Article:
“It’s a really special thing and I couldn’t be any prouder … I really felt like I did the Aussies proud today,” Wright, 31, told Channel 7.

Wright, who went through some “really tough times” after suffering a traumatic brain injury* in a 2015 surfing accident, said he hoped his performance inspired other brain injury survivors.

“To all the people that have had really bad brain injuries, I just want to let you know that it’s all possible and don’t give up. Keep striving to get back there.”

media_cameraAustralia’s Owen Wright competes during the men’s surfing bronze medal final at Japan’s Tsurigasaki Beach. Picture: AFP

Fox, 27, became the first Australian to win a medal in kayaking at three consecutive* Olympics when she finished third in the K1 event in Tokyo.

She already has a silver medal from London in 2012 and a bronze from Rio in 2016.

She was hoping to add gold to her collection this time around but she picked up two time penalties on the challenging whitewater course, and these proved the difference between gold and bronze.

Canoe Slalom - Olympics: Day 4 media_cameraJessica Fox shows her disappointment after two time penalties cost her gold in the women’s kayak slalom final on day four of the Tokyo Olympic Games. Picture: Getty Images
media_cameraBut she was all smiles again when presented with her bronze medal. Picture: AFP

“I’m feeling all the emotions, relief to be on the podium,” she said. “A bit of disappointment to not put down the dream run.

“I think there’s a lot to learn from today. It is still an amazing podium to be a part of.”

She said she would put her disappointment behind her and focus on her next event, the C1.

It is the first time a women’s C1 event has been included in the Olympics and Fox is also a strong medal chance here.


  • ecstatic: feeling overwhelming happiness and excitement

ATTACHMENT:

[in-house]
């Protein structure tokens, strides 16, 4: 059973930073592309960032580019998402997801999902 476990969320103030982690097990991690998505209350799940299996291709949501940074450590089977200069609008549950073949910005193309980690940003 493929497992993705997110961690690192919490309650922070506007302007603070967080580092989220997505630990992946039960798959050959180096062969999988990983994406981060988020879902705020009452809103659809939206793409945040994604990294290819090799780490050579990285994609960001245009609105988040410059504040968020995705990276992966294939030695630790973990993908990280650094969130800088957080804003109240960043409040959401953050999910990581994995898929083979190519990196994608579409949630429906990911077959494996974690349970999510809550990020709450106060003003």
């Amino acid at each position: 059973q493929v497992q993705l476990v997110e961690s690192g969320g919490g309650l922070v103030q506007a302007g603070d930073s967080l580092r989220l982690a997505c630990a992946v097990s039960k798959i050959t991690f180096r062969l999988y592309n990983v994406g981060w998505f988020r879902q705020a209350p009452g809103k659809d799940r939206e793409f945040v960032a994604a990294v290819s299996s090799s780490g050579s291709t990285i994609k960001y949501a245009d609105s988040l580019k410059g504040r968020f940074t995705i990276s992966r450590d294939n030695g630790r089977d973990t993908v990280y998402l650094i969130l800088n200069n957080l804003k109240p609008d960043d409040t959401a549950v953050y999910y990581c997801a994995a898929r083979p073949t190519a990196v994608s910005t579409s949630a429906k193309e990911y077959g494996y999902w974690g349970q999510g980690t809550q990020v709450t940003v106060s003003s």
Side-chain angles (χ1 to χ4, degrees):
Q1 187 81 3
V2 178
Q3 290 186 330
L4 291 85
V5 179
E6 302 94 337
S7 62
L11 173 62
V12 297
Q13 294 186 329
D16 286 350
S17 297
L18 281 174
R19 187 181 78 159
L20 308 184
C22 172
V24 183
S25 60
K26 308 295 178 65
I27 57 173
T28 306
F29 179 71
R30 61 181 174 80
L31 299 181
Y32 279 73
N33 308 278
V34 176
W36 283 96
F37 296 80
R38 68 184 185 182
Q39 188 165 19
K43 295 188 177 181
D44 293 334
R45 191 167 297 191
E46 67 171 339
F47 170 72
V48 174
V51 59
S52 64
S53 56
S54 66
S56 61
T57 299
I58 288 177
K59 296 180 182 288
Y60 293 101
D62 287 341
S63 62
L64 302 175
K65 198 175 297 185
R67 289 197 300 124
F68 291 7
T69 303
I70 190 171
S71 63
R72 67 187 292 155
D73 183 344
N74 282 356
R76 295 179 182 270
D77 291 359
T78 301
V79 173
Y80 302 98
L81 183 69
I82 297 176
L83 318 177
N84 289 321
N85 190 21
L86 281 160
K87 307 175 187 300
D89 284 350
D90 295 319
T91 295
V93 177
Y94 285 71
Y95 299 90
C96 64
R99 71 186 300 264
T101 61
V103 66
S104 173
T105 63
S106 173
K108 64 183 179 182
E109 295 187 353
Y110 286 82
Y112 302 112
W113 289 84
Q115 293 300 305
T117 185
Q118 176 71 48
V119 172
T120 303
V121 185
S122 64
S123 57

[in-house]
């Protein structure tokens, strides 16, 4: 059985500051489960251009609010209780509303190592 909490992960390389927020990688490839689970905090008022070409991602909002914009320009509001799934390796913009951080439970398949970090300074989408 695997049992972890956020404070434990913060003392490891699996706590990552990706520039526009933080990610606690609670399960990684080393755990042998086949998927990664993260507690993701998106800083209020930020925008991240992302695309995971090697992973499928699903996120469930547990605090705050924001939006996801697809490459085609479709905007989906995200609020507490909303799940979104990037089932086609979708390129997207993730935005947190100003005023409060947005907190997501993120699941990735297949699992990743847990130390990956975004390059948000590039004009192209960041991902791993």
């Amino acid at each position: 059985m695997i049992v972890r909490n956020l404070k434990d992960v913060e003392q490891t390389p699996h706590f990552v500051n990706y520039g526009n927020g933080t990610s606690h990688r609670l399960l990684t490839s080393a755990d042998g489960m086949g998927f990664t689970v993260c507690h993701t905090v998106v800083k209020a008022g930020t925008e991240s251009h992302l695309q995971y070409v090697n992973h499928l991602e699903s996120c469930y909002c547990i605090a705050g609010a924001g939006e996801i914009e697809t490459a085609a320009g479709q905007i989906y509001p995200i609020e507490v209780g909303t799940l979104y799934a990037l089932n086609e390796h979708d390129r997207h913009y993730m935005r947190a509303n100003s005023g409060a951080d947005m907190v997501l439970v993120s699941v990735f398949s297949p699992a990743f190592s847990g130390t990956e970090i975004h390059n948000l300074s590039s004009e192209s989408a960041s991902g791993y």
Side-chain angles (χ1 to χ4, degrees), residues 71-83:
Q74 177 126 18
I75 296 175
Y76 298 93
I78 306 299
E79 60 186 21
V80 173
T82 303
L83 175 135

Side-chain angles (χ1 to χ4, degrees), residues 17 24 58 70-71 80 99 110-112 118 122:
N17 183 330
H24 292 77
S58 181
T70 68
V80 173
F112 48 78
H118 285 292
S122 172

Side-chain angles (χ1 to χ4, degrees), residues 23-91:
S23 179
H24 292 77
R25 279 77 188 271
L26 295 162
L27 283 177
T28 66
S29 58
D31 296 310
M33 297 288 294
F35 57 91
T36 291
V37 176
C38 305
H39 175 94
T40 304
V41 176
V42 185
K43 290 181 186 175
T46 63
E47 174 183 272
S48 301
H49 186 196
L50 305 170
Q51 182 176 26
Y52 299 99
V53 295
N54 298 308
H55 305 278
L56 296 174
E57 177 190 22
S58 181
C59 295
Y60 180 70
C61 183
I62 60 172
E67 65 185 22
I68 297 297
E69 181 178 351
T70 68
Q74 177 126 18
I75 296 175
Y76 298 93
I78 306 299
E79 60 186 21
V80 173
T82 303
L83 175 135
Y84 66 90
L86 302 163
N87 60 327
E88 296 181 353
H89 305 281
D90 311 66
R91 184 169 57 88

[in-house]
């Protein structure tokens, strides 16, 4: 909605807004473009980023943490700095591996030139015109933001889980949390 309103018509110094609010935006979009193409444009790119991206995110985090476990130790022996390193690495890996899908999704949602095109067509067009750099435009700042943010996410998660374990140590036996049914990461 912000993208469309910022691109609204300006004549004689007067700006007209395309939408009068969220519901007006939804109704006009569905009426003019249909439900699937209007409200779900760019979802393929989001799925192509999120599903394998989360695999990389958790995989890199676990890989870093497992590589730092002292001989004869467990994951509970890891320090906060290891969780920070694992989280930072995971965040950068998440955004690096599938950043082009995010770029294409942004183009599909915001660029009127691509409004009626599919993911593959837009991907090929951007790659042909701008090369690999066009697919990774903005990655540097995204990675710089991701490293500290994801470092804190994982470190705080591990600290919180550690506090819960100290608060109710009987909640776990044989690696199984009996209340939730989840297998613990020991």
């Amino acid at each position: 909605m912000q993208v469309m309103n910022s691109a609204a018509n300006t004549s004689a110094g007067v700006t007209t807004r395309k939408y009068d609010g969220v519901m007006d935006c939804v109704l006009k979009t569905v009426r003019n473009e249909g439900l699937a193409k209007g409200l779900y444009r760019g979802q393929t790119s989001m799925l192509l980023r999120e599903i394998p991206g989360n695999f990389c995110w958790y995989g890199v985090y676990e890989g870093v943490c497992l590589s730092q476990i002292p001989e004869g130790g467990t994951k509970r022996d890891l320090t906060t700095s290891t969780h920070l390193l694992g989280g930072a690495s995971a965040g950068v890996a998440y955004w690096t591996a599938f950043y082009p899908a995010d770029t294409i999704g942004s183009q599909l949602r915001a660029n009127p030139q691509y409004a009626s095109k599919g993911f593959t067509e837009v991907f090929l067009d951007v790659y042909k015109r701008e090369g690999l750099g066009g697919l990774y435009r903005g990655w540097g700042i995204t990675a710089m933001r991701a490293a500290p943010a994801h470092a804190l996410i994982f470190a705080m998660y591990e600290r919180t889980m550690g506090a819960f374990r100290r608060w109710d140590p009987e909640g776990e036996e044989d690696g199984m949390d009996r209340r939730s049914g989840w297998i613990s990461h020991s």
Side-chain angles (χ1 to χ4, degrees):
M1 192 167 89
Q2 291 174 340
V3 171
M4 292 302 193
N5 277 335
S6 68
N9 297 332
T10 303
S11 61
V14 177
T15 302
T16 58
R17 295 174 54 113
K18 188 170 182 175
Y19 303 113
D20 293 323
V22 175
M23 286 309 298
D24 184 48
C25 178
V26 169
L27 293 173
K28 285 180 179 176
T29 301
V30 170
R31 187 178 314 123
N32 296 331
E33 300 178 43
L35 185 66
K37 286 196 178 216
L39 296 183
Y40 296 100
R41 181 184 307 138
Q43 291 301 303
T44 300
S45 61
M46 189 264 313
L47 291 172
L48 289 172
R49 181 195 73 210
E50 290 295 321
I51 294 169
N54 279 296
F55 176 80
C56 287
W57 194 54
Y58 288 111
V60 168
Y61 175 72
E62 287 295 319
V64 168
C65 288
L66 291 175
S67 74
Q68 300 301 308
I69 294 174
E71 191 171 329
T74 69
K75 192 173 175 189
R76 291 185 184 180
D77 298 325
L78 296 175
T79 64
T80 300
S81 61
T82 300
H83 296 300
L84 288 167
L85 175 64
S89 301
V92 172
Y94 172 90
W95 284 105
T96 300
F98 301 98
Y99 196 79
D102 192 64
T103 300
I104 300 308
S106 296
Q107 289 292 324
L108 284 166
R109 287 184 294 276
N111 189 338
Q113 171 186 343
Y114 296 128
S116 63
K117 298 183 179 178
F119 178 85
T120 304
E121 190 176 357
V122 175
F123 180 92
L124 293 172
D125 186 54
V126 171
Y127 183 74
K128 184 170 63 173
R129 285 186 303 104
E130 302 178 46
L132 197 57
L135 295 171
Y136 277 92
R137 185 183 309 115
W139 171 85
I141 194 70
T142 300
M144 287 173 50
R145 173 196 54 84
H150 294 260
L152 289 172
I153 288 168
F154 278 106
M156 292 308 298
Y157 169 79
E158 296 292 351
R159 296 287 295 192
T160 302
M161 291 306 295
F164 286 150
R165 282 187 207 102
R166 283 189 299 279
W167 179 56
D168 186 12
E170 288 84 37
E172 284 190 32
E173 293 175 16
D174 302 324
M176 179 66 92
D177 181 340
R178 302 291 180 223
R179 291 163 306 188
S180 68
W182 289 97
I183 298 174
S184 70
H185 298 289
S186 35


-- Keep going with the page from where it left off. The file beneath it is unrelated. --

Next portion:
• elated: extremely happy and excited
  • traumatic brain injury: when the brain is damaged by a sudden blow, bump or jolt to the head
  • consecutive: in a row, one after another


Titmus triumph delivers more Olympic gold

Women’s 4x100m freestyle team grabs gold and world record

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  1. What event did Kaylee McKeown win her gold medal for?
  2. Who did Kaylee McKeown hope to make proud with her win?
  3. How many Olympics has Emily Seebohm competed in?
  4. What type of injury did Owen Wright suffering in a surfing accident in 2015?
  5. At how many Olympics has Jessica Fox won a medal for kayaking?


1. Acrostic poem
Create an acrostic poem about Kaylee McKeown, Owen Wright or Jessica Fox. Write the letters of their name down the left side of your page and then write words, phrases or sentences beginning with each letter that describe their Olympic performance, strengths and sporting achievements.

Time: allow 30 minutes to complete this activity
Curriculum Links: English; Health and Physical Education; Media Arts

2. Extension
Make an audio recording of your poem, reading it with expression.

Time: allow 15 minutes to complete this activity
Curriculum Links: English; Health and Physical Education; Media Arts

I’ve always wanted to know
If you had the opportunity to talk to one of the athletes in this story and ask them five questions, what would you ask them?

Come up with five different questions. Challenge yourself to use different question stems (question opener words) to write your questions, and don’t forget to end with a question mark.